1. The Ability to Write
Great as my posts have been and yes some good anecdotes, the english, grammar, punctuation is absolutely terrible. I use semi-colons with flagrant disregard for their proper positioning, sentences go on far too long and I have a tendency to use '-' which is never used by proper writers. Let's not even talk about spelling.
2. Ghost Writers
The only way to actually deal with point no. 1 is to have a ghost writer, I.e. someone who can write, and properly turn this into an actual book. This would mean ofcourse sharing the royalties and finiding someone actually willing to do it! Preferably on a no win, no fee basis. Maybe Rick Mick has a few spare months?
3. Personal References
This blog is littered with references and jokes to my friends, of which the general public know nothing. Most of you would therefore sadly face the chop in the final cut. This might be a good way to cut a good few thousand words.
4. Language
Am I writing in British or American English, I'm not to sure, I've been popping 'z's in all over the place but still pronouncing them 'zed'. So there would have to be two editions, a UK one, a US one and maybe we will even let the Canadians have their own special version (shout out to Deron - oh, no can't do that, see point 3.)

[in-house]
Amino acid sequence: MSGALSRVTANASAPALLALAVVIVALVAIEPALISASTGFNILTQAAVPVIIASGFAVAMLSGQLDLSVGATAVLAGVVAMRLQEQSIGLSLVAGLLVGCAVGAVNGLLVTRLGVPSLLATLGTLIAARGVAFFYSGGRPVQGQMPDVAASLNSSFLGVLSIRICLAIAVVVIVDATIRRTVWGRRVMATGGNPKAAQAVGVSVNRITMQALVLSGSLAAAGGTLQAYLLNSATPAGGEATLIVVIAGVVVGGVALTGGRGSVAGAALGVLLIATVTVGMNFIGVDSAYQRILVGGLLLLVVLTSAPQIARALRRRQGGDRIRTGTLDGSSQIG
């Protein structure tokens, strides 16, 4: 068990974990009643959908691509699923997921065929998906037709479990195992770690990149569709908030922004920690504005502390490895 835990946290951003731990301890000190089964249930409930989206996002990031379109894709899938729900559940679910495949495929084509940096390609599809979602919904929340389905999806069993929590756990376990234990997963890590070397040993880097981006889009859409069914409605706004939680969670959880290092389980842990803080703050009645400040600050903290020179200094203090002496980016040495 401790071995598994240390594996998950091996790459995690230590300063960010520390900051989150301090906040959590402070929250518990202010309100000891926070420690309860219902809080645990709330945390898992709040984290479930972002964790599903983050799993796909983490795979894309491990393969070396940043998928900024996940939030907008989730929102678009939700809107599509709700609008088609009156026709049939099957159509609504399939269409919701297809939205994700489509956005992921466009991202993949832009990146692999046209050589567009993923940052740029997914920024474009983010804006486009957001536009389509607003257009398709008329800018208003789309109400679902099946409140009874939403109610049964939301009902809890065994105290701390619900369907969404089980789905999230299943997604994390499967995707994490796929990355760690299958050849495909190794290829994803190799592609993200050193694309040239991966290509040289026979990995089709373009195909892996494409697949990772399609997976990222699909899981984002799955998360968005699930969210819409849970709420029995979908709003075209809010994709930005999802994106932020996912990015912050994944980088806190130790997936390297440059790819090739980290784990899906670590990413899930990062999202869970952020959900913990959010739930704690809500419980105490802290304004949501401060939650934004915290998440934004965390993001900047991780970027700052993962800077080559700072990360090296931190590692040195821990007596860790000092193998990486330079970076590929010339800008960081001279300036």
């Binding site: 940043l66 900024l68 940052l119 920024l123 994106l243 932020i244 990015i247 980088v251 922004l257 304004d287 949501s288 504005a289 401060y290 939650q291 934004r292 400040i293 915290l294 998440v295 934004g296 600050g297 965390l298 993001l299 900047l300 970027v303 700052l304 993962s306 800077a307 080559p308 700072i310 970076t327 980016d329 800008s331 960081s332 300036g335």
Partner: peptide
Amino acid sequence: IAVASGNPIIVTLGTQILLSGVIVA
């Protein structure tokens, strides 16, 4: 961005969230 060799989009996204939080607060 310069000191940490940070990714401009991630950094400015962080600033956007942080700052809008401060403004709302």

5. Words
Or more specifically the number of words, I'm not sure how much I have been writing but somewhere around 500 to 1,000 words per post is a good guess. This is a lot of words, Shakespeare would be proud, but let's be honest that is one thick book. It would need a cull, and also what about structure? Do you keep it a day by day account or maybe consolidate each state into a chapter?
6. Pictures
Most of my rants relate to specific things which I have seen; a picture tells a thousand words or blah blah something similar. I have far too many pictures to make this work. The colour section in the middle would be thicker than the friggin standard print text itself. And the pictures wouldn't be next to the text, or if they were the book would be really expensive.